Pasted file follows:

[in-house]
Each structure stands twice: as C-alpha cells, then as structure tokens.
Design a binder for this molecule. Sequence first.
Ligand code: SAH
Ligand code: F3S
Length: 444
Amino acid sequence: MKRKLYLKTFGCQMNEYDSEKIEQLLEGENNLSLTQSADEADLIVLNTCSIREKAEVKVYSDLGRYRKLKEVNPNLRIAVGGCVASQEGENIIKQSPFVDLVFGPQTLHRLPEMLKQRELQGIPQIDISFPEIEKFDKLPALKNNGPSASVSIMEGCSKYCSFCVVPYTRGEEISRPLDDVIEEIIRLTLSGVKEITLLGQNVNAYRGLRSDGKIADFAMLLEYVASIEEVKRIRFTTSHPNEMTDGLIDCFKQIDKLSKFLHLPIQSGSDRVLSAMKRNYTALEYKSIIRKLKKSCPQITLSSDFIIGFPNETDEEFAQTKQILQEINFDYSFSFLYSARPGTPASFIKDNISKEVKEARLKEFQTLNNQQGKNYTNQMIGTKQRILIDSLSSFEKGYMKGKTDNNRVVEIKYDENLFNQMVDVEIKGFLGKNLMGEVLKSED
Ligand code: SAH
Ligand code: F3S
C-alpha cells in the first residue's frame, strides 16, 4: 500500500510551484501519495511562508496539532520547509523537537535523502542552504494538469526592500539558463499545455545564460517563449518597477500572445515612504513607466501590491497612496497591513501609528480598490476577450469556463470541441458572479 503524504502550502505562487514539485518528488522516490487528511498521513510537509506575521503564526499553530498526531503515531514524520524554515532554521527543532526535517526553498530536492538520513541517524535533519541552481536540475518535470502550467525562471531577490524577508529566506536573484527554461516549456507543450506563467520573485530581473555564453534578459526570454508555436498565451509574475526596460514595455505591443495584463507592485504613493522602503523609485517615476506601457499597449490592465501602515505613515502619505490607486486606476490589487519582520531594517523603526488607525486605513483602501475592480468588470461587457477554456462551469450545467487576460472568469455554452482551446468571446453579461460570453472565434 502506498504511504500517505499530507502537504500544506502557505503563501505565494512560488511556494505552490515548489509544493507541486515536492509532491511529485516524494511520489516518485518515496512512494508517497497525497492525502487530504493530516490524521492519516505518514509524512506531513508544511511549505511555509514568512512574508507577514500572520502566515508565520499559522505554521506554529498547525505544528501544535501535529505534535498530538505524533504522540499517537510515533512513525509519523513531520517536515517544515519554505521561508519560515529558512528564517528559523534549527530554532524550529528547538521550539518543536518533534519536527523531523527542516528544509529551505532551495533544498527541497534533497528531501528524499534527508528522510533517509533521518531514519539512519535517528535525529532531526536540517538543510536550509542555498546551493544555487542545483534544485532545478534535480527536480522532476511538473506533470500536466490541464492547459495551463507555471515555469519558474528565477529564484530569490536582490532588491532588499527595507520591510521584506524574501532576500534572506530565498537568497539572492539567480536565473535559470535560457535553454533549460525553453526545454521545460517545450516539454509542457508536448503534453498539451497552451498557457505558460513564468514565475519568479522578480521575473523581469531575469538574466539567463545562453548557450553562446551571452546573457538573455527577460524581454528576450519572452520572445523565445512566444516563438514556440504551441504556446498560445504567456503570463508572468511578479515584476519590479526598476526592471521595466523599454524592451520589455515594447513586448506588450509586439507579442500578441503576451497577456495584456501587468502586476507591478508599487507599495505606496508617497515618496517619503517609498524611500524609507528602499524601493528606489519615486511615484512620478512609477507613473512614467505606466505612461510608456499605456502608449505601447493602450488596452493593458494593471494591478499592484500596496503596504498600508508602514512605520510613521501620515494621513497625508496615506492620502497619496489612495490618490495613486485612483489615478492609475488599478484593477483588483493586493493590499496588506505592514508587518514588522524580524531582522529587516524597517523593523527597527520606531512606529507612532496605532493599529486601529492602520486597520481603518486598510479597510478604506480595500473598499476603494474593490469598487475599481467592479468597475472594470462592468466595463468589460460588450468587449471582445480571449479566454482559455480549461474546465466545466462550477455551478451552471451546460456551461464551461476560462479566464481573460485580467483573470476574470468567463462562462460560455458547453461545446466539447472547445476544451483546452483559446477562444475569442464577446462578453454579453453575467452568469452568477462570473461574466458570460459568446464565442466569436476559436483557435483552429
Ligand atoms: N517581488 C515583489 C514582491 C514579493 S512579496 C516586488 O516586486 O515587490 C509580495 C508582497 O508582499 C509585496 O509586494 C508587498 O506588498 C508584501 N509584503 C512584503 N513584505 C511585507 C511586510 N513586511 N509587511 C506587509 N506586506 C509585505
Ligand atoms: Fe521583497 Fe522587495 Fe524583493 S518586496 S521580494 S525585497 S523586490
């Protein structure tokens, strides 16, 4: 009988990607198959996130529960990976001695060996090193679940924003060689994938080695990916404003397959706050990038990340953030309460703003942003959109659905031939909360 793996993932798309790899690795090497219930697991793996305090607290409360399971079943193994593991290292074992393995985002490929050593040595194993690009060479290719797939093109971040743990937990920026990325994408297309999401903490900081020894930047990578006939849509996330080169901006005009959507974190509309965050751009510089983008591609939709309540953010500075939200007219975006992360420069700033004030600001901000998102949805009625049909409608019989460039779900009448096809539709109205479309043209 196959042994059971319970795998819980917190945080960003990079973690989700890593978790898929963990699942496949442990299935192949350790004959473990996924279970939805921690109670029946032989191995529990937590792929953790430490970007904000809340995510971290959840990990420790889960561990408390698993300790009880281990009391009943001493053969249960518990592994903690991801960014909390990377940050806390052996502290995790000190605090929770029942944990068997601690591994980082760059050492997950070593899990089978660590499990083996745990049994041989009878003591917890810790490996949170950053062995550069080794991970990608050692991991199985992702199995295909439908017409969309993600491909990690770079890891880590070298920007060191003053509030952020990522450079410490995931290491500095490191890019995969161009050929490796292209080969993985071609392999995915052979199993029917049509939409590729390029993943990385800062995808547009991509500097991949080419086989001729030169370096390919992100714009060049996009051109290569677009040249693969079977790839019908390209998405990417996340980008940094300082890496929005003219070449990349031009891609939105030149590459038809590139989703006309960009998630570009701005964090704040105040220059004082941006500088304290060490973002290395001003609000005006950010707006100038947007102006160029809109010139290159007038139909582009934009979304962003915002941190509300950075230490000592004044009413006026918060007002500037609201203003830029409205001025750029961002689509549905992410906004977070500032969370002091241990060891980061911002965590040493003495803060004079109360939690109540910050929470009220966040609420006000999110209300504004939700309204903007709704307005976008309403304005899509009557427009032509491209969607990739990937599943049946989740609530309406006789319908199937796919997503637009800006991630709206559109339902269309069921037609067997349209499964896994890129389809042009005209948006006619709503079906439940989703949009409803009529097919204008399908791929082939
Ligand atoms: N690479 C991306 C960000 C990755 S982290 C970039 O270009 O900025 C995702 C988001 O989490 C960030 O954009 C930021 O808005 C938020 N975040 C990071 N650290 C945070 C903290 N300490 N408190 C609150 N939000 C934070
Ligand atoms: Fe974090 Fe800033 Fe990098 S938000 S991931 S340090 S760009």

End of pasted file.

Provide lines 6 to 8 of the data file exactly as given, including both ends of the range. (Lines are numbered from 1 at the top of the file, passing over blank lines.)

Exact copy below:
Length: 444
Amino acid sequence: MKRKLYLKTFGCQMNEYDSEKIEQLLEGENNLSLTQSADEADLIVLNTCSIREKAEVKVYSDLGRYRKLKEVNPNLRIAVGGCVASQEGENIIKQSPFVDLVFGPQTLHRLPEMLKQRELQGIPQIDISFPEIEKFDKLPALKNNGPSASVSIMEGCSKYCSFCVVPYTRGEEISRPLDDVIEEIIRLTLSGVKEITLLGQNVNAYRGLRSDGKIADFAMLLEYVASIEEVKRIRFTTSHPNEMTDGLIDCFKQIDKLSKFLHLPIQSGSDRVLSAMKRNYTALEYKSIIRKLKKSCPQITLSSDFIIGFPNETDEEFAQTKQILQEINFDYSFSFLYSARPGTPASFIKDNISKEVKEARLKEFQTLNNQQGKNYTNQMIGTKQRILIDSLSSFEKGYMKGKTDNNRVVEIKYDENLFNQMVDVEIKGFLGKNLMGEVLKSED
Ligand code: SAH